Unlike the characters in Peyote Business Lunch, Artemis Exchange’s high-octane entry in the 2011 Cincy Fringe, you don’t have to ingest anything to have your head turned around several times. The cast of four (performing at the gallery space at ArtWorks, 20 E. Central Parkway, enter from Jackson St.) will keep you laughing, furrowing your brow and being amazed for the entire 65 minutes you’re there.
Matt Johnson’s solo improvisational piece, Tooth and ’Nuckle, at the very-out-of-the-way and very cool Hanke 2 space (1128 Main St.), might not be for the faint of heart, even by Fringe standards. The setup is pretty straightforward. A bare stage sports a phalanx of masks and puppets fashioned out of grocery bags, and audience members are invited make a selection for Johnson to use as starting points for off-the-cuff scenes and soliloquies.
The Color of Harmony kicked off the first-ever FringeNext series of shows. FringeNext is a new Fringe category that invites performances produced, created, and performed by high school students. It was presented in the black box theatre of the new School for Creative and Performing Arts (SCPA) by the next generation of theatre artists.
The premiere of The First Book of the Bible was the first sold-out show of the 2011 Fringe. One of three entries in the new FringeNext category (works produced, created and performed by teens), this work by School of Creative and Performing Arts (SCPA) seniors storms out of the gate with all the makings of a successful Fringe show.
Kathleen O’Neill has spent the last eight years writing The God Blog, a corporate-satire-within-a-radio-play, set in heaven and staffed by Old Testament figures (performed at the Art Academy of Cincinnati). She and director Shawn Maus, who also plays the role of God, have assembled an enormous (by Fringe Festival standards) cast and crew to live-produce this radio drama.
For the 2010 Cincinnati Fringe, Jimmy Hogg’s confessional storytelling and precocious, high-velocity comic delivery won him a Critic’s Pick award for his monologue A Brief History of Petty Crime. The Fringe-circuit veteran returns to the 2011 Fringe this year with Curriculum Vitae, a chronology of his humorous and humiliating experiences in the working world.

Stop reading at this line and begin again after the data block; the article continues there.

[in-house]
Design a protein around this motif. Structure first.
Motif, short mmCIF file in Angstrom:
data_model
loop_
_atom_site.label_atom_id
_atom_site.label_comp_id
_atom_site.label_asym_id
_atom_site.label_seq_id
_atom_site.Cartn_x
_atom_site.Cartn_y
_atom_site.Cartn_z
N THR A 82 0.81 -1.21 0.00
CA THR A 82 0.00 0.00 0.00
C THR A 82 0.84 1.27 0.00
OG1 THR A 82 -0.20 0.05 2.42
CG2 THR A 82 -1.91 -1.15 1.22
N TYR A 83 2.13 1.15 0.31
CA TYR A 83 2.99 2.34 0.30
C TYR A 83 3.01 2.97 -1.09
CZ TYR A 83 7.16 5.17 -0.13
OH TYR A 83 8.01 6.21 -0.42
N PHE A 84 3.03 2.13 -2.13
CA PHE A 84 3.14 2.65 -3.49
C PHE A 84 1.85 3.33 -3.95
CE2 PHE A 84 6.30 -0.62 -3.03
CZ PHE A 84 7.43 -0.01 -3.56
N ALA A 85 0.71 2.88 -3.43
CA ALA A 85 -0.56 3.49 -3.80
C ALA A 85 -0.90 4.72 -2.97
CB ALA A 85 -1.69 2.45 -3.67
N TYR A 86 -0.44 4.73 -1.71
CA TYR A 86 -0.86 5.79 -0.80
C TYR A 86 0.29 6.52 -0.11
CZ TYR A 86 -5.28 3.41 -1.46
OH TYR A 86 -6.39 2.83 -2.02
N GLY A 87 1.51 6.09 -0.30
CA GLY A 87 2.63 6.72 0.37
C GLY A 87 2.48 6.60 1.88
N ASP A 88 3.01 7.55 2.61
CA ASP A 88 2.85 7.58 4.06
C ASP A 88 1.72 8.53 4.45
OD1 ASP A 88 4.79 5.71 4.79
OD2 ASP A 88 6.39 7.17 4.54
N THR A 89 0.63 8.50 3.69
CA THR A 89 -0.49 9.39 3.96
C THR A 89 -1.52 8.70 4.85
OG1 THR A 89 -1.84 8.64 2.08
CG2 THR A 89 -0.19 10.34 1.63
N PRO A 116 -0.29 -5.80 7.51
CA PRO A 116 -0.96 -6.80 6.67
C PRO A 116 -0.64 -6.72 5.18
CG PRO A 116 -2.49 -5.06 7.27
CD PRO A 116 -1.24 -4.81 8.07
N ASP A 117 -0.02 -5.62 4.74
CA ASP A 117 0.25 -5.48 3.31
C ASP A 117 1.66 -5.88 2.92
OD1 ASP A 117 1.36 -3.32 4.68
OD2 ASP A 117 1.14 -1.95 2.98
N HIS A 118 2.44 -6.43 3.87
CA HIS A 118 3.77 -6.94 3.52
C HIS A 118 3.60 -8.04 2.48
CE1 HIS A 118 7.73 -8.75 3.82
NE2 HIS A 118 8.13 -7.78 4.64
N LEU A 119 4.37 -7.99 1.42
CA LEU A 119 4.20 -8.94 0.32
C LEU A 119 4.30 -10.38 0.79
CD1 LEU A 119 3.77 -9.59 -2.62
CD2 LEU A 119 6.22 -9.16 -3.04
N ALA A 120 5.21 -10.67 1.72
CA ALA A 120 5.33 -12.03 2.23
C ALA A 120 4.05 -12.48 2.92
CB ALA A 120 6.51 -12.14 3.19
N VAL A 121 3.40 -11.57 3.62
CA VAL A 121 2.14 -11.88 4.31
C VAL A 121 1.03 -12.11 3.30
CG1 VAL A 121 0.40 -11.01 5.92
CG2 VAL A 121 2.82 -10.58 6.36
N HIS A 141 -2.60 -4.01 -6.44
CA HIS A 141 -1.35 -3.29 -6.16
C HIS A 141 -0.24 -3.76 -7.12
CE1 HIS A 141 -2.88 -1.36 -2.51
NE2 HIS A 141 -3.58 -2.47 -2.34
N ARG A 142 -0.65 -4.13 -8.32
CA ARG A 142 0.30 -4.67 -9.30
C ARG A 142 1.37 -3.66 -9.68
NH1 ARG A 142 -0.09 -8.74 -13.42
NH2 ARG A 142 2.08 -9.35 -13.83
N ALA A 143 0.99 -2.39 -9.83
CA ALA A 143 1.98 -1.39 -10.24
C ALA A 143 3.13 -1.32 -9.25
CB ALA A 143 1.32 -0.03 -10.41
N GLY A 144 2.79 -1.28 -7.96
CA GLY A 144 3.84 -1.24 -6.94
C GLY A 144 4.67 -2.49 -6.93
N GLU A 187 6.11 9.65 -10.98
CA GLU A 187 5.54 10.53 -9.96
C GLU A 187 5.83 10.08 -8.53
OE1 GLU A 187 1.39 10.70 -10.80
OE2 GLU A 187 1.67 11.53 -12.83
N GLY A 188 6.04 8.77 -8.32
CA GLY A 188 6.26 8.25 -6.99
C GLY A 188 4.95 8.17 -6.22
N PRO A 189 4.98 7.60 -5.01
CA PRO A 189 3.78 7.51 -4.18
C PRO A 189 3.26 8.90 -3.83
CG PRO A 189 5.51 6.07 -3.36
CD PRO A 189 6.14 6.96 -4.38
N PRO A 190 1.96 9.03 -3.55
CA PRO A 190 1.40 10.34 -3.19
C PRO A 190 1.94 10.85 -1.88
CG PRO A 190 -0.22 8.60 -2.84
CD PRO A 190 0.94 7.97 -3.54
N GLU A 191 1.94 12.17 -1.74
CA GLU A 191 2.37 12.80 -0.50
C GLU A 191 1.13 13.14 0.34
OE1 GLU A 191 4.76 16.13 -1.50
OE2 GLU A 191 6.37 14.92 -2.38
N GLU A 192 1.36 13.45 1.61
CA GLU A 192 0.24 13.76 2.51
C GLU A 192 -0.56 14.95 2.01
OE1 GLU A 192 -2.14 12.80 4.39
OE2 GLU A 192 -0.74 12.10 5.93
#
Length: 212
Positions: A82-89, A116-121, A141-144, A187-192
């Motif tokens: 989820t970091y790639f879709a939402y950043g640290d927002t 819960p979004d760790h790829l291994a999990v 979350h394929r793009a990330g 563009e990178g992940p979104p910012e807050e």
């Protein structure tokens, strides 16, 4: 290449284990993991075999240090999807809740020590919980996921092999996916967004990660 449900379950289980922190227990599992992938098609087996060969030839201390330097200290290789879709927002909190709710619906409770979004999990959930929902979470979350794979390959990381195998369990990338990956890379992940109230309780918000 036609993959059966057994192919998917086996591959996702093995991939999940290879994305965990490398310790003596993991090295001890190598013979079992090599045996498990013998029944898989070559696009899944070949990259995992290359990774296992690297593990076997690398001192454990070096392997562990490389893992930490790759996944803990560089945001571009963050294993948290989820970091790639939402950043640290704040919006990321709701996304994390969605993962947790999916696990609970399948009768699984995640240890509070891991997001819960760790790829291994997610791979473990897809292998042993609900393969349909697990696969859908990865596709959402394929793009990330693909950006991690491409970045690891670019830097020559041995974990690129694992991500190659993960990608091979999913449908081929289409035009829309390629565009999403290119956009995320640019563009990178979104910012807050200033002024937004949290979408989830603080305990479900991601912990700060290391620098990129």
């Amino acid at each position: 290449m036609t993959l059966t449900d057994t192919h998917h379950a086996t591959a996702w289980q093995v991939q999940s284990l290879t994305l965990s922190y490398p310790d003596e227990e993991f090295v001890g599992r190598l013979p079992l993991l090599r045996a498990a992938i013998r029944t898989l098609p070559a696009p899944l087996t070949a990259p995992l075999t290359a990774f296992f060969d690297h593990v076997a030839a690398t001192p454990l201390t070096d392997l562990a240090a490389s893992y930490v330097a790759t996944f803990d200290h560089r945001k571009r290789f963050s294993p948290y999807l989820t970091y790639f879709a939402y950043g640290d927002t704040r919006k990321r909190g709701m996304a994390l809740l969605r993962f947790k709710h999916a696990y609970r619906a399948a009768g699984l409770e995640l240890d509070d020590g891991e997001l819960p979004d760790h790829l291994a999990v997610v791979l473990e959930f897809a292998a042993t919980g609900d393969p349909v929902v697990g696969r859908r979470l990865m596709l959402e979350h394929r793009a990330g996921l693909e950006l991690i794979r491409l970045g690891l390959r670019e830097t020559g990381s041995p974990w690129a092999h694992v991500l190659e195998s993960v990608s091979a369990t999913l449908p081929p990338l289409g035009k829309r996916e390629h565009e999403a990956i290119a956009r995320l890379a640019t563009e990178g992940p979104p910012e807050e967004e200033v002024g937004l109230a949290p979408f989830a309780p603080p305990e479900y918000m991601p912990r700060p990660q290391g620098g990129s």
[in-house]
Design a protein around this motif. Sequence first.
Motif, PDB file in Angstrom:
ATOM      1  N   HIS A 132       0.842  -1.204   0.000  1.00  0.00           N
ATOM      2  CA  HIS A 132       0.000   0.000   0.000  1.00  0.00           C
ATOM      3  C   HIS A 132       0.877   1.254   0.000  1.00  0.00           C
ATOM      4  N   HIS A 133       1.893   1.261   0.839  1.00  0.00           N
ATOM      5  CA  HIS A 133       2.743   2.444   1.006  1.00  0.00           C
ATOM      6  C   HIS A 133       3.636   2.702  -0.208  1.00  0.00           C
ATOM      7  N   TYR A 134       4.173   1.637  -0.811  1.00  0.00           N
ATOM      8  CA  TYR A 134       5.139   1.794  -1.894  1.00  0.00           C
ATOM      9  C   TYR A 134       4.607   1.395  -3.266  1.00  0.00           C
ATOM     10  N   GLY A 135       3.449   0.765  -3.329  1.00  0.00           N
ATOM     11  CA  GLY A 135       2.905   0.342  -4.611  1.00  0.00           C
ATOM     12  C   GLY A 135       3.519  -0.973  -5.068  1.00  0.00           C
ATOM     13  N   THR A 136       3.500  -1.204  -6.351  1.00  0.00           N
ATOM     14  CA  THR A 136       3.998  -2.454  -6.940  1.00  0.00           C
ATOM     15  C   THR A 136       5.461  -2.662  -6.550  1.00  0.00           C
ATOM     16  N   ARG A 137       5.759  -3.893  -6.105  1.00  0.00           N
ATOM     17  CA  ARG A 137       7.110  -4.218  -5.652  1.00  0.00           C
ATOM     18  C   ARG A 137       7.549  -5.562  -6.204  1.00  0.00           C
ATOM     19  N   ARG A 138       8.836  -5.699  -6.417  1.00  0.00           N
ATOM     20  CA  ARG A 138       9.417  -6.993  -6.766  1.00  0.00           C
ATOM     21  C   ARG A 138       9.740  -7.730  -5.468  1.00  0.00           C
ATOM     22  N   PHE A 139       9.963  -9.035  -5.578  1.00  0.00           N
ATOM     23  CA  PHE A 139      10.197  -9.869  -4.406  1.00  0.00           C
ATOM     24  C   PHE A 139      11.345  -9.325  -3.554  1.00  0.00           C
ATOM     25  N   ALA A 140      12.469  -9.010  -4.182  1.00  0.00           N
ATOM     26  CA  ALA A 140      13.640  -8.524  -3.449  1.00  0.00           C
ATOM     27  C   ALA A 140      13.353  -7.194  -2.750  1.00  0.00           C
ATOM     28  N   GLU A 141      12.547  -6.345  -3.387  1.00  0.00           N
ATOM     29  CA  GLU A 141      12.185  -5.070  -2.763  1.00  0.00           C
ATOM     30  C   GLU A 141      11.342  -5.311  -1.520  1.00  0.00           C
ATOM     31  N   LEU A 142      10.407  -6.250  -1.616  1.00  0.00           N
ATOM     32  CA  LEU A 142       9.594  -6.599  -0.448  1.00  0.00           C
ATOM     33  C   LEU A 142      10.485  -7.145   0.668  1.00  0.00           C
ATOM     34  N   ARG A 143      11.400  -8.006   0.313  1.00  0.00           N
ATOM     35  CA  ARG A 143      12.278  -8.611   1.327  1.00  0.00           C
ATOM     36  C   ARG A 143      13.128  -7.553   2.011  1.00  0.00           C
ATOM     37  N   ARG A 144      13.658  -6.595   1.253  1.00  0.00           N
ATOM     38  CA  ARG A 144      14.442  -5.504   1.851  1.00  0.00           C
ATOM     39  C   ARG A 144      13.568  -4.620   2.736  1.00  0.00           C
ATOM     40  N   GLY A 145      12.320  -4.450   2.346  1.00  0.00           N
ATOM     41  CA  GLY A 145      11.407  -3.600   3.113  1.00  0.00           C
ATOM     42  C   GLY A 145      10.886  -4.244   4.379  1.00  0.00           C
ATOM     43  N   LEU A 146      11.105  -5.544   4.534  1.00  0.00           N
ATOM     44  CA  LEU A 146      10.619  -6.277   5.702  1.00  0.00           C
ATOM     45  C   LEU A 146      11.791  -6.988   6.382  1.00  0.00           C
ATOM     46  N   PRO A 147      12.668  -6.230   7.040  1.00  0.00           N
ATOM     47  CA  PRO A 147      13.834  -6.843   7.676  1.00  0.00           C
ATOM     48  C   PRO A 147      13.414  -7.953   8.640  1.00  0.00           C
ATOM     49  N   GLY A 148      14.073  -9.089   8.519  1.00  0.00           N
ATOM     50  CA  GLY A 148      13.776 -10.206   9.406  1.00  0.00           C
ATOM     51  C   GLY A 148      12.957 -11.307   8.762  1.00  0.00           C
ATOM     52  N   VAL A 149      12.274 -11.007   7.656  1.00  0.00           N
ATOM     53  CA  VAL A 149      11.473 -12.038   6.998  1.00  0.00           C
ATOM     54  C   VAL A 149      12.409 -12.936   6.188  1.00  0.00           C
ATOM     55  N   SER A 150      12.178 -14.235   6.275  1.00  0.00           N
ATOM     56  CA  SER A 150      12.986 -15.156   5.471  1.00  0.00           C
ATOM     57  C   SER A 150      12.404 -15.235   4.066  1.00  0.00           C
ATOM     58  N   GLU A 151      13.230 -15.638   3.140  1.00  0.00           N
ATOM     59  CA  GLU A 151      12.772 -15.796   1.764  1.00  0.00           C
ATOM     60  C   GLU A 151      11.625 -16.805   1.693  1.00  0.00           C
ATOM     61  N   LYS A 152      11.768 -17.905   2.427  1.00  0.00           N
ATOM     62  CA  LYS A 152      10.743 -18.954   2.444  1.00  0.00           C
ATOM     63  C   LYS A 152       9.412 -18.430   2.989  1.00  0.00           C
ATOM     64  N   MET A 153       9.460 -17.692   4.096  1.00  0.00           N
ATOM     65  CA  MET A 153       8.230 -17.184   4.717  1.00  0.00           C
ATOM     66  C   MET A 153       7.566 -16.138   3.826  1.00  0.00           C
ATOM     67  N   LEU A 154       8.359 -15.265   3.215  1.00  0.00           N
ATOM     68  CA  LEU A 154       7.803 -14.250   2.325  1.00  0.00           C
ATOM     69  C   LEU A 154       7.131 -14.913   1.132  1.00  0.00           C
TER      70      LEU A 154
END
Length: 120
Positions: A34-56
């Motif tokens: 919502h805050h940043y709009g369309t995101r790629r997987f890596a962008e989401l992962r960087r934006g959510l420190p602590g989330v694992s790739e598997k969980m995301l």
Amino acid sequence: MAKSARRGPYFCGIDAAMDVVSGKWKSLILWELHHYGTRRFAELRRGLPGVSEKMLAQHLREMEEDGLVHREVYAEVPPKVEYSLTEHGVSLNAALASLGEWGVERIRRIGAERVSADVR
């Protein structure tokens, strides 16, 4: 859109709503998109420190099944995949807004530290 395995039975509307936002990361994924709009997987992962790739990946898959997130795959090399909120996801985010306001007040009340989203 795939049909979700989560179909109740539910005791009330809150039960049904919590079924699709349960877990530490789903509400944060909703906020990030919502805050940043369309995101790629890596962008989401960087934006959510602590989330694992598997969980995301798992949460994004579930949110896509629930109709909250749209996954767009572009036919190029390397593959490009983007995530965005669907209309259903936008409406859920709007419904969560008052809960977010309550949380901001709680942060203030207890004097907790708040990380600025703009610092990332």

It’s pretty typical for our culture to be afraid of that which we don’t know. We see it every day on TV news and in daily conversations around the water cooler. But what we probably rarely see is the reaction on the other end, how it affects the object of our fear. That’s one of the principle reasons why Headscarf and the Angry Bitch is so welcoming and accessible. And frankly, so needed.
Ideas and ambitions come in all shapes and sizes, and the three modern-dance works that comprise the triptych of S/M/L, presented by MamLuft& Co. Dance, are each in their own way small, medium and large. The first piece, Small: Restless Hands Under a Trembling Table, opens arrestingly enough with a pair of dancers dressed in white, and wrapped in a long red fabric stretching from the opposite side of the stage.
On first blush, there’s nothing terribly Fringe-y about Denali (performed at Know Theatre). It’s a fairly straightforward play from Iowa’s Working Group Theatre about three childhood friends who get back together for the first time since a tragic mountain-climbing accident claimed the life of the one person who tied the others together. How could one of them profit from the harrowing story by way of a best-selling memoir? What are the others hiding? Will the truth ever come out?
As its puzzling mouthful of a title suggests, Transfringement: Circus Mojo Refudiates the Norm is a quirky show with a few too many balls in the air. Five diverse performers from this Ludlow, Kentucky-based circus troupe and training center take turns charming and occasionally impressing the audience with a series of old-school stunts.
Serenity Fisher, creator of Sophie’s Dream, the 2010 Audience Pick of the Fringe, has again brought her hyper-personal and very sincere brand creativity to a Fringe stage with Opal Opus: Journey to Alakazoo. (It’s being presented at the “Hanke 2” venue, 1128 Main St.)
At the opening performance of Cincinnati-based Performance Gallery’s entry into the 2011 Fringe mélange I was sometimes puzzled at the direction the show was taking. But my attention rarely wandered far from the 14 very competent actors onstage who appeared in situations ranging from the absurd to the tongue-in-cheek. Creative credits are too many to list, including scripting, directing, conceptualization and development.
The seventh annual Cincy Fringe Festival finished last Saturday evening. And in a year when many arts organizations have suffered in attendance and revenue, the Fringe (operated by Know Theatre of Cincinnati) held its own. Sales of multi-day passes were almost identical to 2009, while single ticket sales declined slightly. Overall attendance for Cincy Fringe 2010 was 6,500. Average per-show attendance was similar to last year.
Playwright Fernando Dovalina says 'The Comfort of Anger' is a work in progress, and he's right. It's not there yet. There are big and important topics explored, some of them relatively unexplored, and Fringe is a good place to air them. But perhaps not all at once.
Johnny, a 14-year-old boy from New Jersey, is bullied by his peers and taunted by his Glee Club teacher for being "a little light on your feet." He soon splits for New York City to escape from his miserable life and find something better — particularly people who will appreciate him.